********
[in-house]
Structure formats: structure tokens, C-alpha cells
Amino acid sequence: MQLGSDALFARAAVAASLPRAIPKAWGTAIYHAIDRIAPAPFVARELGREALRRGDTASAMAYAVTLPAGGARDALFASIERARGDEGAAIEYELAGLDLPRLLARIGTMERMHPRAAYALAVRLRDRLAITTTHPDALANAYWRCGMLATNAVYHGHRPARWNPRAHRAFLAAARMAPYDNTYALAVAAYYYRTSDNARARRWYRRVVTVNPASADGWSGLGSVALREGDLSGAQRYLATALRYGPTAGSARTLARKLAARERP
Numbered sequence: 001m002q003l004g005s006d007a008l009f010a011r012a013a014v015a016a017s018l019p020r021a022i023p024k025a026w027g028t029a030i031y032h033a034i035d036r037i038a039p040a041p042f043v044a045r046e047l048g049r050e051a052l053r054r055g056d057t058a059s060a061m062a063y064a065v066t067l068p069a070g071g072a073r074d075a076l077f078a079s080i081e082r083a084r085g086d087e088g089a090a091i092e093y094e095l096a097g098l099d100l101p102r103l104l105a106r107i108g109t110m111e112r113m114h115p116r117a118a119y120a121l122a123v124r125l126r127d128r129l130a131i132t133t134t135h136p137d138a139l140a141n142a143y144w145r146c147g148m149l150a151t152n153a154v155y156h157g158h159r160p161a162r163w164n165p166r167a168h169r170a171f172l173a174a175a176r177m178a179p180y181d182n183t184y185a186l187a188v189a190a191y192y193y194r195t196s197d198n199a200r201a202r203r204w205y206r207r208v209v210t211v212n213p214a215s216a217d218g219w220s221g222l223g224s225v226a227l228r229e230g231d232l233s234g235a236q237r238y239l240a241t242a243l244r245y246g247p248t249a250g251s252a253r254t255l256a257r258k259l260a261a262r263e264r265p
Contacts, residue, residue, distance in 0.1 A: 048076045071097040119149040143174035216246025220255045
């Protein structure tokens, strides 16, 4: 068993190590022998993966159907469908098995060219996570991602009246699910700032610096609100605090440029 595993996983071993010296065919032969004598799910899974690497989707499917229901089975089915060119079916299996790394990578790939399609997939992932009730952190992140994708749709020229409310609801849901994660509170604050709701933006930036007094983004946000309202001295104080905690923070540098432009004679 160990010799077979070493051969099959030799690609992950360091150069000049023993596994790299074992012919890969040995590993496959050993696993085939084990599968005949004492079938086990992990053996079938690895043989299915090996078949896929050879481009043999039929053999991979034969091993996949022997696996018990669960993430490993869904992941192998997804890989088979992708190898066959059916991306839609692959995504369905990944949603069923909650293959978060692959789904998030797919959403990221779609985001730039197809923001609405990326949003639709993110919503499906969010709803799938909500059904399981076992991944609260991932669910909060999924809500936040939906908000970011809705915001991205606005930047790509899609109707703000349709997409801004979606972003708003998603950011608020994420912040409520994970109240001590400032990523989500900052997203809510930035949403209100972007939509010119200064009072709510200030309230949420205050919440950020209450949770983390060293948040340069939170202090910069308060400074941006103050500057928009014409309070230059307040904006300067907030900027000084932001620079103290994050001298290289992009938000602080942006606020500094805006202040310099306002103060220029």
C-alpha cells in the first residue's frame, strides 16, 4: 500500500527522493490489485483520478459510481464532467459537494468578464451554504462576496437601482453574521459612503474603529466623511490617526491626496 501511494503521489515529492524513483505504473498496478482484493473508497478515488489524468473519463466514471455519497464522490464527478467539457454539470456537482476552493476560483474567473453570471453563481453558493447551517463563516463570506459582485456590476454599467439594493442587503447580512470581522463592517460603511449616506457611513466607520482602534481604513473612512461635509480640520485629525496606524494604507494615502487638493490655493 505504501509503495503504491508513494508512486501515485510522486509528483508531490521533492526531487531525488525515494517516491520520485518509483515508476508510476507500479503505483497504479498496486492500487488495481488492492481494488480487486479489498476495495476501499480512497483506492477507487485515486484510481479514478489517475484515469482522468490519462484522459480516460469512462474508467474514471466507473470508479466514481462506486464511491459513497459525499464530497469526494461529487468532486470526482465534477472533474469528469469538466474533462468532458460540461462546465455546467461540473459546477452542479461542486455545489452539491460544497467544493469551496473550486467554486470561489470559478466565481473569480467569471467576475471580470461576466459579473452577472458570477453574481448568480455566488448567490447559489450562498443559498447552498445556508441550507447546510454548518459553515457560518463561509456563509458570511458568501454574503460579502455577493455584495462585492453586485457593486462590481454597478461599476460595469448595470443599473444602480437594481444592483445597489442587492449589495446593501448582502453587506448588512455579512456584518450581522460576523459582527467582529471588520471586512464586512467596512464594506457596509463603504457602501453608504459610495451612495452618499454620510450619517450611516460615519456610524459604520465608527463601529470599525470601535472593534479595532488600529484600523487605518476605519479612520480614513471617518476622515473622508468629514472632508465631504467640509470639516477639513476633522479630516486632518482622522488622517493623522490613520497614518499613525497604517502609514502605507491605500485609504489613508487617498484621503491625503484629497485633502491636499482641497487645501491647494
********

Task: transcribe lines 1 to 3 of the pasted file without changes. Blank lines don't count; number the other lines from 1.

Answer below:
[in-house]
Structure formats: structure tokens, C-alpha cells
Amino acid sequence: MQLGSDALFARAAVAASLPRAIPKAWGTAIYHAIDRIAPAPFVARELGREALRRGDTASAMAYAVTLPAGGARDALFASIERARGDEGAAIEYELAGLDLPRLLARIGTMERMHPRAAYALAVRLRDRLAITTTHPDALANAYWRCGMLATNAVYHGHRPARWNPRAHRAFLAAARMAPYDNTYALAVAAYYYRTSDNARARRWYRRVVTVNPASADGWSGLGSVALREGDLSGAQRYLATALRYGPTAGSARTLARKLAARERP